Agricultural layering explains variation in sediment P dynamics in streams draining two distinct agricultural biomes

Matt T. Trentman, Jennifer L. Tank, Danielle Braund, Sally A. Entrekin

Research output: Contribution to journalArticlepeer-review

Abstract

Phosphorus (P) enrichment of headwater agricultural streams due to the runoff of fertilizers can lead to the eutrophication of downstream aquatic ecosystems. Agriculture is intensive but heterogeneous in the Mississippi River Basin, with a mixture of pasture, row crops, and patches of confined animal feedlot operations (CAFOs). Many studies have evaluated how a single form of agricultural land use can affect sediment response to P loading, but few have considered the role of agricultural layering (i.e., one vs. two forms of agriculture in the same watershed). We used a synoptic sampling approach to determine the effect of agricultural layering on sediment P cycling in two watersheds in Arkansas (AR) and Michigan (MI). We sampled stream sediments from 10 sites in each watershed across two seasons; sampling from sites draining row crop vs. row crop plus a dairy in MI, and from sites draining chicken CAFOs vs. chicken CAFOs with pasture in AR. The proportion of bioavailable P was highest in MI and lowest in AR sediments, likely due to enhanced runoff of P rich sediment from row crops in MI, compared to sites in AR that were still predominantly forested, despite isolated CAFOs. Sediment P retention capacity was lowest downstream of sites with row crop + dairy in MI and highest at sites draining CAFOs alone in AR. Finally, substrate size differences between watersheds likely influences the reach-scale potential P retention capacity. Overall, we show that agricultural layering along with underlying geology can explain drivers influencing sediment P dynamics in agricultural streams.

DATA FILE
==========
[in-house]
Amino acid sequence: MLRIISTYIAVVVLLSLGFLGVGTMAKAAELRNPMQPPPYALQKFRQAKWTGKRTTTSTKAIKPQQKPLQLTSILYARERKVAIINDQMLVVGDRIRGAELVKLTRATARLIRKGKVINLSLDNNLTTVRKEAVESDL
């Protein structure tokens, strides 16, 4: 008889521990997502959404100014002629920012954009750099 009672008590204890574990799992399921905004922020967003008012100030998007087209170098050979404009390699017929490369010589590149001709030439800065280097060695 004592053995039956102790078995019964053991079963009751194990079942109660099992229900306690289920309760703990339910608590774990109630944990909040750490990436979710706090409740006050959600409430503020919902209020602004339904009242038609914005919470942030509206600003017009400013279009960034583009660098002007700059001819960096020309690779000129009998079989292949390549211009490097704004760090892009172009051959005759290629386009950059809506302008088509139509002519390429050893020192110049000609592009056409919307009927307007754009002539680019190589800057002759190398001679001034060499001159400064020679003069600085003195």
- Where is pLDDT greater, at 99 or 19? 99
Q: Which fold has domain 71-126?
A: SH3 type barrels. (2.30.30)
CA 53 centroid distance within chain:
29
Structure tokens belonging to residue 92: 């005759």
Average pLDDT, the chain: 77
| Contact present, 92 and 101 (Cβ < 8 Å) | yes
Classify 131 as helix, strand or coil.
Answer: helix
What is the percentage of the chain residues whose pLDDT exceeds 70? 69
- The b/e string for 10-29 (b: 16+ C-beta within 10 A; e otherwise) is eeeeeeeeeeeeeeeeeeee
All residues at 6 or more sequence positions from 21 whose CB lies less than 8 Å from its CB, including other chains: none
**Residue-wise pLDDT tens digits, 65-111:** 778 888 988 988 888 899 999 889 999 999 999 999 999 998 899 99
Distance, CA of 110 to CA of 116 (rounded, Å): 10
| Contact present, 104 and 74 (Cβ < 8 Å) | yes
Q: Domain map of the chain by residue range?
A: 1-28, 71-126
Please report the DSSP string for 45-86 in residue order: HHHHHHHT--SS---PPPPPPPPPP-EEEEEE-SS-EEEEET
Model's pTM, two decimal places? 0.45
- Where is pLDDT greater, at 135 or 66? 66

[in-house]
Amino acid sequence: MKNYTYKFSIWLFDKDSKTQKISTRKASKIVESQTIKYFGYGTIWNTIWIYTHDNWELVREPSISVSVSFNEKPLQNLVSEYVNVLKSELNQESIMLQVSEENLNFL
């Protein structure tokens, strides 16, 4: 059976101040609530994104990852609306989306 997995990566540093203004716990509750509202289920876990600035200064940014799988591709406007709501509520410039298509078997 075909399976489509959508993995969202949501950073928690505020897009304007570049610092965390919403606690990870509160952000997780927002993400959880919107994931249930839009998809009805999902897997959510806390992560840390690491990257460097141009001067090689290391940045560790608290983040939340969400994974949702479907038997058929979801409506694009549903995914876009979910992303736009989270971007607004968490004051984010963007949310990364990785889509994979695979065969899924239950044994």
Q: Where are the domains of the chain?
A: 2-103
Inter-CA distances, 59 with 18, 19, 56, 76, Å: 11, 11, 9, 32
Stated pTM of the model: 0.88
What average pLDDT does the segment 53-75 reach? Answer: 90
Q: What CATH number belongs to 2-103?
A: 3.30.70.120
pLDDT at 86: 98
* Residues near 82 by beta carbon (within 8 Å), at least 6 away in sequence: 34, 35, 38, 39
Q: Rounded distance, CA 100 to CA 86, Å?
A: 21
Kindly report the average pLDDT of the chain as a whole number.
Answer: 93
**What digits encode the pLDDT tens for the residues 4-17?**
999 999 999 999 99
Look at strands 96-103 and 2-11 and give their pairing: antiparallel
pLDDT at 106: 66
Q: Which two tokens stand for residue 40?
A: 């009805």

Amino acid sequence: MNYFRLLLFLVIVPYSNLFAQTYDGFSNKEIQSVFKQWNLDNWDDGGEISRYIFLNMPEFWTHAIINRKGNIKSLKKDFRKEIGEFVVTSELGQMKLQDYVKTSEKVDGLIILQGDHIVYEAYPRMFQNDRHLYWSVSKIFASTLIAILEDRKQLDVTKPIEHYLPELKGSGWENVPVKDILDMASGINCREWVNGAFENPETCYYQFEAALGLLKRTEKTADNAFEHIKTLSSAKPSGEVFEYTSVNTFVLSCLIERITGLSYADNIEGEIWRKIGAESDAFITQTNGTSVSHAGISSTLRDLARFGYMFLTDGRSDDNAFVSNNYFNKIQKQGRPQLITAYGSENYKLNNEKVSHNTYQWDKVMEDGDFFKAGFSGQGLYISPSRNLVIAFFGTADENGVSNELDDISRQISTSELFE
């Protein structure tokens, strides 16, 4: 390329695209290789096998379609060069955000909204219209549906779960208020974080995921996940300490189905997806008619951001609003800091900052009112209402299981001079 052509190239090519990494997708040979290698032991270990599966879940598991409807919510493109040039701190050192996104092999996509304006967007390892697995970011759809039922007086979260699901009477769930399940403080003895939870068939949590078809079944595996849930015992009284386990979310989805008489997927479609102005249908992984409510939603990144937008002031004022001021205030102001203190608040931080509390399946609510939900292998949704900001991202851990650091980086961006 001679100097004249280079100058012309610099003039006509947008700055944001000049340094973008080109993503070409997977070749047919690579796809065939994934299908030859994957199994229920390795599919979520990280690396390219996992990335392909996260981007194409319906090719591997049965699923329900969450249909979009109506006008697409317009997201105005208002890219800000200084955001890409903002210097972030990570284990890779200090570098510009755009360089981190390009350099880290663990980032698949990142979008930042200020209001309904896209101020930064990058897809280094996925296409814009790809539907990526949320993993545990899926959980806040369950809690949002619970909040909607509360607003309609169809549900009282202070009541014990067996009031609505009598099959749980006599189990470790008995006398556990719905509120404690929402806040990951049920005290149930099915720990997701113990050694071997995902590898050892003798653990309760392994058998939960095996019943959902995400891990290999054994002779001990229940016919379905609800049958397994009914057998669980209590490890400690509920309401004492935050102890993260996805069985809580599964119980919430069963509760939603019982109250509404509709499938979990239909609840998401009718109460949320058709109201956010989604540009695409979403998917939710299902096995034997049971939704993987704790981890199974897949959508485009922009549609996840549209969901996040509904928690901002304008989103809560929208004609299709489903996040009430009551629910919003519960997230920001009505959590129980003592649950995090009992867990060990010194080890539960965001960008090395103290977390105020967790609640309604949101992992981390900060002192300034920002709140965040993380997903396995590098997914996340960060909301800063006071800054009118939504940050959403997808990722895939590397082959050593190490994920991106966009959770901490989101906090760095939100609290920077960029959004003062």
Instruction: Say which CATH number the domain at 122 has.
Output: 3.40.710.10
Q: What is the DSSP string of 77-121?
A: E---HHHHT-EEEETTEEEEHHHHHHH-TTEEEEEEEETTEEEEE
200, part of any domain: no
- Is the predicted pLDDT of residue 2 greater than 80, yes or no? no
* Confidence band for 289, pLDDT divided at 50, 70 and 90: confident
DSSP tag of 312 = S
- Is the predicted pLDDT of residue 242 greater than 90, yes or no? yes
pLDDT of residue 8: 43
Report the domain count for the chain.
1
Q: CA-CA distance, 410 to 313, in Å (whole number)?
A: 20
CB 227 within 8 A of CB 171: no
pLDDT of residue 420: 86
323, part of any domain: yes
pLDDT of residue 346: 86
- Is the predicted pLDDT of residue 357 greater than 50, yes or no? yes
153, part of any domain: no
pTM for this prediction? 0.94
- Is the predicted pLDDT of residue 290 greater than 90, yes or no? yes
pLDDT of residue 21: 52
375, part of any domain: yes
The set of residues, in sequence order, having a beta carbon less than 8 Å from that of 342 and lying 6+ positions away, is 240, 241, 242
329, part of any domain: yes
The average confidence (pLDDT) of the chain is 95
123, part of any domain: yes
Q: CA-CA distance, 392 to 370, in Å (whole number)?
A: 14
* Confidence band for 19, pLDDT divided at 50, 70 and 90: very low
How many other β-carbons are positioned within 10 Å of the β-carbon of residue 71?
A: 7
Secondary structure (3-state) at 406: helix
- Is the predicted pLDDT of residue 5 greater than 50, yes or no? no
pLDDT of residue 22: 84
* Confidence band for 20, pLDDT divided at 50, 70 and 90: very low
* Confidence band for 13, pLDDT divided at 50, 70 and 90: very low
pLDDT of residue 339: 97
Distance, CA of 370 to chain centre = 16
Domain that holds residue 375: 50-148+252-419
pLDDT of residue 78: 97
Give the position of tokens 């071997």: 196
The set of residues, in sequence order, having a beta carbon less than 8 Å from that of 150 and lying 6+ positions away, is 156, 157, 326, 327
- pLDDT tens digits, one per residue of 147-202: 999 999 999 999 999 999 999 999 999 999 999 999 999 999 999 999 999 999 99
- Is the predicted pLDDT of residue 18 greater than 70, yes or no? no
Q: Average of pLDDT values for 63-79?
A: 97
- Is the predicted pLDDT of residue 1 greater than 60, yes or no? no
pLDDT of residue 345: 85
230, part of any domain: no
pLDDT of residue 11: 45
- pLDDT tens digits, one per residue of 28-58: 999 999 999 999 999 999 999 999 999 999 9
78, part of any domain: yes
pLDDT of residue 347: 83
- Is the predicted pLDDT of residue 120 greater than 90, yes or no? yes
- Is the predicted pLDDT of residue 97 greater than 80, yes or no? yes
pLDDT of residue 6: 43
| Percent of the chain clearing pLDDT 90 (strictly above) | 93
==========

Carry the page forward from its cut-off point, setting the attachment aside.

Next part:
Original languageEnglish
Article number7
JournalAquatic Sciences
Volume83
Issue number1
DOIs
StatePublished - Jan 1 2021

Keywords

  • Agriculture
  • CAFO
  • Phosphorus
  • Phosphorus sorption capacity
  • Stream sediments

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